The University of Illinois followed the movements of 221 children.
WASHINGTON — New research shows that when children exercise their bodies, they are exercising their brains as well.
Scientists at the University of Illinois followed 221 7-, 8- and 9-year-olds for nine months. Half were in an after-school fitness program; the others, on a wait list.
The scientists found that those in the exercise group not only became more physically fit, but also their cognitive skills improved — most notably, their ability to stay focused and shift easily and accurately from one cognitive task to another.
Specialists in children’s health see the findings as more evidence that exercise has an important role to play in boosting the overall health of children.
“I think exercise has a lot of different effects, and it is not just about getting your heart rate up or burning “X” number of calories,” says Dr. Nadia Hashimi, a pediatrician who works in the emergency room at Children’s National Medical Center.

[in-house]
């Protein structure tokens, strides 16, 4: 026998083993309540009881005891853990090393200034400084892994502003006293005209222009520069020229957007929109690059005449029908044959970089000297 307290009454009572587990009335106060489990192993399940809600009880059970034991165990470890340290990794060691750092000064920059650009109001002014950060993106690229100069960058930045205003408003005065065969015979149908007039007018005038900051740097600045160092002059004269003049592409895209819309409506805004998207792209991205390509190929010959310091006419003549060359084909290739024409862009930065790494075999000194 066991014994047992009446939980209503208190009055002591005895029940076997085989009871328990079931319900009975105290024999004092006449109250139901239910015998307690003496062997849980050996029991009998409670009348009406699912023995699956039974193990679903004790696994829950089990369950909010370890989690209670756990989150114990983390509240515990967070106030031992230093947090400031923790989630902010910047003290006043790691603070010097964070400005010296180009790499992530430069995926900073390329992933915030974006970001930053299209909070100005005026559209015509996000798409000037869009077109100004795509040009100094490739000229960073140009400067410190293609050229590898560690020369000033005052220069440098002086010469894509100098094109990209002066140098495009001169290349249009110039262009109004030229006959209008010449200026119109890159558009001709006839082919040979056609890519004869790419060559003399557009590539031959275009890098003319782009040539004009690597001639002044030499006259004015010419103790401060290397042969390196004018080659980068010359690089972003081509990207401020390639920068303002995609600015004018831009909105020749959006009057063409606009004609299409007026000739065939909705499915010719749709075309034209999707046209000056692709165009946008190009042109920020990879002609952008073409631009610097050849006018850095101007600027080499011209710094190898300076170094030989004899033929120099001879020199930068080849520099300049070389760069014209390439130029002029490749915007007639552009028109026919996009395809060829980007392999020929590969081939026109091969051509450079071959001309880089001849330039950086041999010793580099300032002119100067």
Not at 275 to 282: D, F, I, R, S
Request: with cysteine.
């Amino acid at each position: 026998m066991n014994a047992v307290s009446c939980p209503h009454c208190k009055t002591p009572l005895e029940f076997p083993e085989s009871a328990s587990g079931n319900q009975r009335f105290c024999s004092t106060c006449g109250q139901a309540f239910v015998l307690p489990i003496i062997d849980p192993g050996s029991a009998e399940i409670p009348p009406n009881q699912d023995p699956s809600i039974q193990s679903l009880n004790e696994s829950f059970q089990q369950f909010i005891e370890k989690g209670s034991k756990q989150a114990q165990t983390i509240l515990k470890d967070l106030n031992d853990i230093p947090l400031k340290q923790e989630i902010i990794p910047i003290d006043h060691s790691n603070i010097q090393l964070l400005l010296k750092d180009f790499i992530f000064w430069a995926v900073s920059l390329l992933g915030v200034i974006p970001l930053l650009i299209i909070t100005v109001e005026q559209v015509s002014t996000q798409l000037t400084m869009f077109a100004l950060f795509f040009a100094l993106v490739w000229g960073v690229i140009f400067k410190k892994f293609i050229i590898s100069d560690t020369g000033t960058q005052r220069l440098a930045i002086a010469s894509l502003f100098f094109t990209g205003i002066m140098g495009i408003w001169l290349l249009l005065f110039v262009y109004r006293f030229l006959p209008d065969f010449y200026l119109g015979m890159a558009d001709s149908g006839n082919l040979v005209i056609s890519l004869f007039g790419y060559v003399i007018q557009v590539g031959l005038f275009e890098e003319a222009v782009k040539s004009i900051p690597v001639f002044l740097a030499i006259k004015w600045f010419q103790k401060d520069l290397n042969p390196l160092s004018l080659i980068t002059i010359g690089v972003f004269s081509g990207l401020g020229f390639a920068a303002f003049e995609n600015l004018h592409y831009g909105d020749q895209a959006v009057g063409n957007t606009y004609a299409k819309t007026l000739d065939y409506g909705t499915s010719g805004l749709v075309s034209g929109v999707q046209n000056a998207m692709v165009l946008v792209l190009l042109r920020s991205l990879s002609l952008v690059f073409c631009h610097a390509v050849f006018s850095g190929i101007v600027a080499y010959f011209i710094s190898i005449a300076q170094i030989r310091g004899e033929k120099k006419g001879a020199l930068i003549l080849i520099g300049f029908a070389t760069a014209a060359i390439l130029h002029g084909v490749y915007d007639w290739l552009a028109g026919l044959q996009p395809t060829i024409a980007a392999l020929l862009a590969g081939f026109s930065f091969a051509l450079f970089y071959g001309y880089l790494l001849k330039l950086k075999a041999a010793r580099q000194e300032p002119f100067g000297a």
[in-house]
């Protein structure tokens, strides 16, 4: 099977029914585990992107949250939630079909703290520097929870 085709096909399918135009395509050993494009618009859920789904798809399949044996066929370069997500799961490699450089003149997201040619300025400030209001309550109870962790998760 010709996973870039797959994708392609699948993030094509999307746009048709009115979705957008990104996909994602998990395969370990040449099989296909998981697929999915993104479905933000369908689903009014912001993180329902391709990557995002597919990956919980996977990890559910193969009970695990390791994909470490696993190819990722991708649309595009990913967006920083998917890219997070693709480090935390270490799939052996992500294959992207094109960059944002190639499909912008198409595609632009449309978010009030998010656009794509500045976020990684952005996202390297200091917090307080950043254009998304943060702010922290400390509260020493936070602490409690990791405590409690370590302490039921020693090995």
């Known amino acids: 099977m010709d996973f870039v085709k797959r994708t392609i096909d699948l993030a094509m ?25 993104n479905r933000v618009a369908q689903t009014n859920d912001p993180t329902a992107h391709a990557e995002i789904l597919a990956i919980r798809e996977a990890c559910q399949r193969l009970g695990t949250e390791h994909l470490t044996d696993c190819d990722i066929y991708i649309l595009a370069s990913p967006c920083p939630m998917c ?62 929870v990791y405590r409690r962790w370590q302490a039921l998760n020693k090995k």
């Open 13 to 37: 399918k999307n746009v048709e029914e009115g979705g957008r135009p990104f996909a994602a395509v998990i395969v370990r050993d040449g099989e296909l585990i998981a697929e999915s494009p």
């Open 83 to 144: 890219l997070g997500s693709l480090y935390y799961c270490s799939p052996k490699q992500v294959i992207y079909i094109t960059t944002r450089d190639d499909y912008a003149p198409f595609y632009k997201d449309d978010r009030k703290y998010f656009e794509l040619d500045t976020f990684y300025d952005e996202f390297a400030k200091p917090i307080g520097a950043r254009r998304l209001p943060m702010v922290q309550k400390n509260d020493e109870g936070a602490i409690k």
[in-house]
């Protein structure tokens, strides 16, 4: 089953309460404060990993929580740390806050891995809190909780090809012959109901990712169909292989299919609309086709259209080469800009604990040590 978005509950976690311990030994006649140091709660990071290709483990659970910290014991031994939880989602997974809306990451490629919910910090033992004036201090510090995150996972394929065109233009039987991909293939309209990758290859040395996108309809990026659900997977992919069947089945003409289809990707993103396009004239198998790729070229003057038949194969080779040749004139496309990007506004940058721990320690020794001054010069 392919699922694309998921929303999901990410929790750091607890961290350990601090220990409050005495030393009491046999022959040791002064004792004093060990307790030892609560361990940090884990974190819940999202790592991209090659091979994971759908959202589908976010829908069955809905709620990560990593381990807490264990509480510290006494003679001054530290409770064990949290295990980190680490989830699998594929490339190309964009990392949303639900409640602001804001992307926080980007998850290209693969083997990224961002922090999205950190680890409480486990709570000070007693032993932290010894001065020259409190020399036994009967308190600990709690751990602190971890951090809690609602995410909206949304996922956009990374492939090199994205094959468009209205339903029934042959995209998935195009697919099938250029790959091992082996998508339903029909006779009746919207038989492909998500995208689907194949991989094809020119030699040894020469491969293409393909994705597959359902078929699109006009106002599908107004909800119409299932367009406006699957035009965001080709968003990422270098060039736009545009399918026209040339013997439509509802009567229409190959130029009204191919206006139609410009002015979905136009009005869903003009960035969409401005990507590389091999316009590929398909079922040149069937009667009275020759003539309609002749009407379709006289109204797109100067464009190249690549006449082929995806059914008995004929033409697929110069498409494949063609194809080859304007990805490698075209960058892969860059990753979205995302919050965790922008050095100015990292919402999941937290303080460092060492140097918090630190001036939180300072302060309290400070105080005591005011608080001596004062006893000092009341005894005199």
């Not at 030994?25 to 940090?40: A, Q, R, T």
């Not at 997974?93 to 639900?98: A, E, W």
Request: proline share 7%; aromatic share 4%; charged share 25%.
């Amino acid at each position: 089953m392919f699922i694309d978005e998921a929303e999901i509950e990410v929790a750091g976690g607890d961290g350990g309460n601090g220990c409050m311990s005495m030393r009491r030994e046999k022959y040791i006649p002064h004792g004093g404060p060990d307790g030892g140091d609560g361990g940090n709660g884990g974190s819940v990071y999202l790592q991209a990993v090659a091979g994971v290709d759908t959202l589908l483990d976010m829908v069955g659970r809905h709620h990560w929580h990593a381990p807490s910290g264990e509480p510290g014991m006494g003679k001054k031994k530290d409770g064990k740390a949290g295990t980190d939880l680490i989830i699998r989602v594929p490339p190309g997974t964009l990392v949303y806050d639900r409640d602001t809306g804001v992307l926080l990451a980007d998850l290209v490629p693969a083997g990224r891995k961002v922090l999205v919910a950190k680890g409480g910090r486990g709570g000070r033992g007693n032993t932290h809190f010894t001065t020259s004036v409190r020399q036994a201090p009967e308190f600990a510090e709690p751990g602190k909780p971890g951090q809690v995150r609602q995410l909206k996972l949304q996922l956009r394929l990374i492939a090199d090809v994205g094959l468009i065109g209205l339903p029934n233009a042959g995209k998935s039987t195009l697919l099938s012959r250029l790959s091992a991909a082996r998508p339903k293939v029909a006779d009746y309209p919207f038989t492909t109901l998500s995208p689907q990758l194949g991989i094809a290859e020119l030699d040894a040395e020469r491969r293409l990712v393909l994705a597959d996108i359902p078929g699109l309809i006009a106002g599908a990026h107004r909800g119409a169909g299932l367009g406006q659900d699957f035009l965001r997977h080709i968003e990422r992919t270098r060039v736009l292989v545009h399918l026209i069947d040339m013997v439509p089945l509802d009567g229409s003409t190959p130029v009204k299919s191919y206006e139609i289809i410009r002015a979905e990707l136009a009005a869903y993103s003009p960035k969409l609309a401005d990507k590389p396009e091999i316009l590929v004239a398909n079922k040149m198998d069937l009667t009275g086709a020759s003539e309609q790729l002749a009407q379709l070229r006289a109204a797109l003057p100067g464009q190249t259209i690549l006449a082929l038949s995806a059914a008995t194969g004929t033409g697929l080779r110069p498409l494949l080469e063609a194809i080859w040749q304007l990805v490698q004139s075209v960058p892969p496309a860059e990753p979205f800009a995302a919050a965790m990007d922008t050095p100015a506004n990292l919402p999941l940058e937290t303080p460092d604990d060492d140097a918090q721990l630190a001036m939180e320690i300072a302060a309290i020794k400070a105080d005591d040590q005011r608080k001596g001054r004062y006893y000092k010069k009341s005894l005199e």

She says children exercise differently than adults. They run around and engage with their peers, and every time they pass a ball or play tag, they develop their social skills and practice quick decision-making.
“So it is not just about moving your feet in a rote movement; it’s figuring out the world around you,” Hashimi says.
She admits she was not surprised by the results of the University of Illinois study, published in the journal Pediatrics — saying it is very much in line with what she has observed on the job.
Hashimi says doctors already know the toll that inactivity takes on kids’ overall health. She says obesity is an epidemic, and children are showing up with maladies once only seen in adults, such as high cholesterol and diabetes.
Her advice to parents: limit screen time, and make sure your children get plenty of exercise.
She says the real message of this new study is to get children up and moving around for a multitude of reasons, including the boost to their brains.